1. Give the gift of love

Hug, cuddle, smile, and talk with your baby. These simple moments help your baby feel safe and secure, and promote his/her brain development.

(Read more about how giving the gift of love to your little one can boost his/her brain development on the Raising Children Network.)

2. Give the gift of playful math time

Make math fun and a part of everyday moments by counting the things you and your child see! Count blocks, flowers, or stop signs outside! Count apples in the grocery store or point out the pattern and colors you see on a blanket!

(For more ideas on how to make learning math fun, see our early math resources!)

3. Give the gift of storytelling

Telling stories with your little one can help your child develop a love for words and reading! For your baby or toddler, share a story by narrating your day. For your preschooler, have a conversation about characters in his/her favorite book.

4. Give the gift of lullabies

Singing with your child creates a close bond while supporting his or her language development. You can even create your own, special lullaby to sing to your little one (read our tips on how to write a unique one).

5. Give the gift of reading

Dedicate time to go to the library with your little one each week so you can pick out new books together. Celebrate books at home to encourage a love for reading, words, and libraries at an early age for your child.

For holiday books to read with your little one, check out these 10 books from our friends at Reading Rockets. To learn more about books that are appropriate for your child, see these age-by-age early literacy milestones from Reach out and Read.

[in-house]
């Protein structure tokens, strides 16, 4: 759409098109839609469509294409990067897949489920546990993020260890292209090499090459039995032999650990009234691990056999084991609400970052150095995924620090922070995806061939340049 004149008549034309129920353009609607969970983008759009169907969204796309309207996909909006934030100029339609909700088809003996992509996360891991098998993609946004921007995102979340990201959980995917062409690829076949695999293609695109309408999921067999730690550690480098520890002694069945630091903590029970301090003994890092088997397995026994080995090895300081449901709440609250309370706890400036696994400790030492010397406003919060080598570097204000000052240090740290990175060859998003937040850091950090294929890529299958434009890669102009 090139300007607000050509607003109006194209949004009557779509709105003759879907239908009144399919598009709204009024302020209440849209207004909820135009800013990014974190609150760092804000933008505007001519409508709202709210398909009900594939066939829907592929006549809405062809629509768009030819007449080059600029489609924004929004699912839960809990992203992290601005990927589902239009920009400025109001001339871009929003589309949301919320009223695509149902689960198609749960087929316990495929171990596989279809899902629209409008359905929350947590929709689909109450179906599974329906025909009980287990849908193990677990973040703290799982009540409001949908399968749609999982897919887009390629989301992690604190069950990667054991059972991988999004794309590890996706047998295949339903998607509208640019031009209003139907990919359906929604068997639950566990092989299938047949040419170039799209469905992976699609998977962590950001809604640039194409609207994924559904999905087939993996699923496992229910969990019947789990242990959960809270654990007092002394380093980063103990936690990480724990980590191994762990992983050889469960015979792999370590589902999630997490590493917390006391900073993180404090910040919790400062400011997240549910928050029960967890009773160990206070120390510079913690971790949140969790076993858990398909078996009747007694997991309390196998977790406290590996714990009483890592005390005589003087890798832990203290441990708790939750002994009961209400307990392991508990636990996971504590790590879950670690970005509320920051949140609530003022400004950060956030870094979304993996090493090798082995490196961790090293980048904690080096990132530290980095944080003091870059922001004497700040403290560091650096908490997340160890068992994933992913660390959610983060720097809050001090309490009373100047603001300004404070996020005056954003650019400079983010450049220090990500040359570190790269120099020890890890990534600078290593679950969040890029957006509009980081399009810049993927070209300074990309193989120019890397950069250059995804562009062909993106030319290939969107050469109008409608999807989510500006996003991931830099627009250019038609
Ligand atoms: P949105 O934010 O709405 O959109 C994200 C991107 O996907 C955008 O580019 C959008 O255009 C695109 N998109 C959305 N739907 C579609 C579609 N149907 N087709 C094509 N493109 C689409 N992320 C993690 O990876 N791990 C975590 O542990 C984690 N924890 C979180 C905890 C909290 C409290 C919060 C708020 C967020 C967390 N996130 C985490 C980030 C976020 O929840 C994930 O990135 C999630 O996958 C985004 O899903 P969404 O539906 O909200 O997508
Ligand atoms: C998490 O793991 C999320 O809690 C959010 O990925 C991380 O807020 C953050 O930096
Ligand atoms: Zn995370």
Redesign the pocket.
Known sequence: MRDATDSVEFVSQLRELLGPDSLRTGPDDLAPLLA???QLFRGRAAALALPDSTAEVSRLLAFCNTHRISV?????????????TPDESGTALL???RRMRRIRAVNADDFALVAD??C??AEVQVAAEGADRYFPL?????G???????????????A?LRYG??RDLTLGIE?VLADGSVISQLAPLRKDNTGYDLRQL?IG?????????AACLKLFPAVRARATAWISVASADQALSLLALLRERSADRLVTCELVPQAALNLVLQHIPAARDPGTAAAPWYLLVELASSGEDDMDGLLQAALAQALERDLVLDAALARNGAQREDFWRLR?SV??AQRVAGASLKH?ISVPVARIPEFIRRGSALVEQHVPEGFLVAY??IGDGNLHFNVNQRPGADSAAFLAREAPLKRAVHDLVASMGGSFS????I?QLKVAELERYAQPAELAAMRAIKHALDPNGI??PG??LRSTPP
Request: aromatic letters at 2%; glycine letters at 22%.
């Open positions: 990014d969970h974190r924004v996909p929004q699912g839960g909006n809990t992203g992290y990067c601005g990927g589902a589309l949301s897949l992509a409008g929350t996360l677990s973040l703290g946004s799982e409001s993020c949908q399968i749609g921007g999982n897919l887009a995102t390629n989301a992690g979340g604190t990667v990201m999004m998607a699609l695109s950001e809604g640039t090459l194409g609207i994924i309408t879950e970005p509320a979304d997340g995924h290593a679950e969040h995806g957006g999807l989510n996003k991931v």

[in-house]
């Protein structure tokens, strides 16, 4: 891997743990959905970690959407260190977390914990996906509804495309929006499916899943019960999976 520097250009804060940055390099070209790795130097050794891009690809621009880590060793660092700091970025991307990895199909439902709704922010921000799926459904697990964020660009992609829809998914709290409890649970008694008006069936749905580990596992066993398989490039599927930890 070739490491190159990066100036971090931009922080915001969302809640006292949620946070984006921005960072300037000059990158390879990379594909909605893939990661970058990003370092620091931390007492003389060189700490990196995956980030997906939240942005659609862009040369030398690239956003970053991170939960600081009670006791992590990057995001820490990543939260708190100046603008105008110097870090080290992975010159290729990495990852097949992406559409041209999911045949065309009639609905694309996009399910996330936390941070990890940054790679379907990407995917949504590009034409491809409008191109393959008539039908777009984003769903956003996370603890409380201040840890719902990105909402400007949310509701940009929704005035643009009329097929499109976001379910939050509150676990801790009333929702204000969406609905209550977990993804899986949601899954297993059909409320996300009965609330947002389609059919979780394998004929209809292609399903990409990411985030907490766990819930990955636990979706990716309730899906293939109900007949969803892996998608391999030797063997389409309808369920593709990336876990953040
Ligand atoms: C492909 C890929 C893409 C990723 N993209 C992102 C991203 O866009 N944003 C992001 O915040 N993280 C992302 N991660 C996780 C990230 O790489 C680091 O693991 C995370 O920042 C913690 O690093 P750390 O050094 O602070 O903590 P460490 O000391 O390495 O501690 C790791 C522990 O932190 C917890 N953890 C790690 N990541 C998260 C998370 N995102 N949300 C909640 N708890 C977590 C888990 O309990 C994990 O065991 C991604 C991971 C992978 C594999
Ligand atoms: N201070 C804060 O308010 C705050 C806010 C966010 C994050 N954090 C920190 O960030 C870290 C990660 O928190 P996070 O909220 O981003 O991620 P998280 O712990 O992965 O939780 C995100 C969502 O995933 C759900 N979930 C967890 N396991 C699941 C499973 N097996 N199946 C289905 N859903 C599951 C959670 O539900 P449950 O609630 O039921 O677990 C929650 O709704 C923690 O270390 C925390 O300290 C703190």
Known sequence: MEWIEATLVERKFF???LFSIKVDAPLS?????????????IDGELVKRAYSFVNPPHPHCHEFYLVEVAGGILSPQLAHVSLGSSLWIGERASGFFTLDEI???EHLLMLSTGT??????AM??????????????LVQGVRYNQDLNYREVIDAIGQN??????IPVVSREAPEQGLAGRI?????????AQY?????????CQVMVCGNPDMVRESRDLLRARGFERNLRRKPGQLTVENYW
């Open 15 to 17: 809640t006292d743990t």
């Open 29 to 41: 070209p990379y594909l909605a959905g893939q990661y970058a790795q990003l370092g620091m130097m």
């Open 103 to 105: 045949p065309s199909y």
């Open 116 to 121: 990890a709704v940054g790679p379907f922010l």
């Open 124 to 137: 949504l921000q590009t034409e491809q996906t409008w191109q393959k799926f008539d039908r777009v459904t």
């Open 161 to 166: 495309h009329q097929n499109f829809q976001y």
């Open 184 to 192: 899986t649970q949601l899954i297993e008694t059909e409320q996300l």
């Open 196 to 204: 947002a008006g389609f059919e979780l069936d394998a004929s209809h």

One last holiday tip – use this season to help your children understand that not all gifts need to be wrapped! This great article from PBS Parents shares ideas on how you can encourage your child to show simple acts of kindness and care to family and friends.

Having a newborn is challenging at the best of times, but during forced isolation and in a climate of fear and uncertainty, it can become overwhelming.

The coronavirus pandemic is setting up our communities for genuine mental health concerns. This may be especially true for new parents. When will 'normal' life return? How will I pay for diapers and baby food? Will my mom be able to help us now? What if my baby or my family get COVID-19? Unfortunately, no one knows the long-term impact or answers just yet.

Most families have built a network of social support by the time they have their first child—if they don't already have a support system, they develop one through various baby classes and groups set up for parents. The creation of the village can be instrumental to the mental health of new parents. Social distancing, the lockdown of cities, and isolation will inadvertently affect the type of support available.

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